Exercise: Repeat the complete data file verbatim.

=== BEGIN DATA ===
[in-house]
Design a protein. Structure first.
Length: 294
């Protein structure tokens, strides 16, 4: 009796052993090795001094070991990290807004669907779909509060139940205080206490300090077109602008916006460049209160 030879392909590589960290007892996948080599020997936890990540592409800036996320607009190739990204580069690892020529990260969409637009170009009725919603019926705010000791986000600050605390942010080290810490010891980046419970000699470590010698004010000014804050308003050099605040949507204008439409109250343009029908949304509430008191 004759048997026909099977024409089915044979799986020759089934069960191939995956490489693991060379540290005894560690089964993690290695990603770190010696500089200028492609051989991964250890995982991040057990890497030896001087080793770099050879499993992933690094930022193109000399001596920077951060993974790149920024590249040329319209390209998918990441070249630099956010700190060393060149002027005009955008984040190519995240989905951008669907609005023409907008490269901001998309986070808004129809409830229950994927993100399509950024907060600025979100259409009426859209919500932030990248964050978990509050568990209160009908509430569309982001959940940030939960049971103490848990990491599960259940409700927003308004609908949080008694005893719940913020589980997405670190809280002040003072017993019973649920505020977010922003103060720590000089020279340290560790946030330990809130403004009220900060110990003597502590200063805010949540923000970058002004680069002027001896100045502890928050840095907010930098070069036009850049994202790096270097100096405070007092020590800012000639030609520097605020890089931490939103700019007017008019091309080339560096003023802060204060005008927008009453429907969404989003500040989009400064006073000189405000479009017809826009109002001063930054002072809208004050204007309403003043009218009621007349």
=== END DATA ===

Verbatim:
[in-house]
Design a protein. Structure first.
Length: 294
């Protein structure tokens, strides 16, 4: 009796052993090795001094070991990290807004669907779909509060139940205080206490300090077109602008916006460049209160 030879392909590589960290007892996948080599020997936890990540592409800036996320607009190739990204580069690892020529990260969409637009170009009725919603019926705010000791986000600050605390942010080290810490010891980046419970000699470590010698004010000014804050308003050099605040949507204008439409109250343009029908949304509430008191 004759048997026909099977024409089915044979799986020759089934069960191939995956490489693991060379540290005894560690089964993690290695990603770190010696500089200028492609051989991964250890995982991040057990890497030896001087080793770099050879499993992933690094930022193109000399001596920077951060993974790149920024590249040329319209390209998918990441070249630099956010700190060393060149002027005009955008984040190519995240989905951008669907609005023409907008490269901001998309986070808004129809409830229950994927993100399509950024907060600025979100259409009426859209919500932030990248964050978990509050568990209160009908509430569309982001959940940030939960049971103490848990990491599960259940409700927003308004609908949080008694005893719940913020589980997405670190809280002040003072017993019973649920505020977010922003103060720590000089020279340290560790946030330990809130403004009220900060110990003597502590200063805010949540923000970058002004680069002027001896100045502890928050840095907010930098070069036009850049994202790096270097100096405070007092020590800012000639030609520097605020890089931490939103700019007017008019091309080339560096003023802060204060005008927008009453429907969404989003500040989009400064006073000189405000479009017809826009109002001063930054002072809208004050204007309403003043009218009621007349």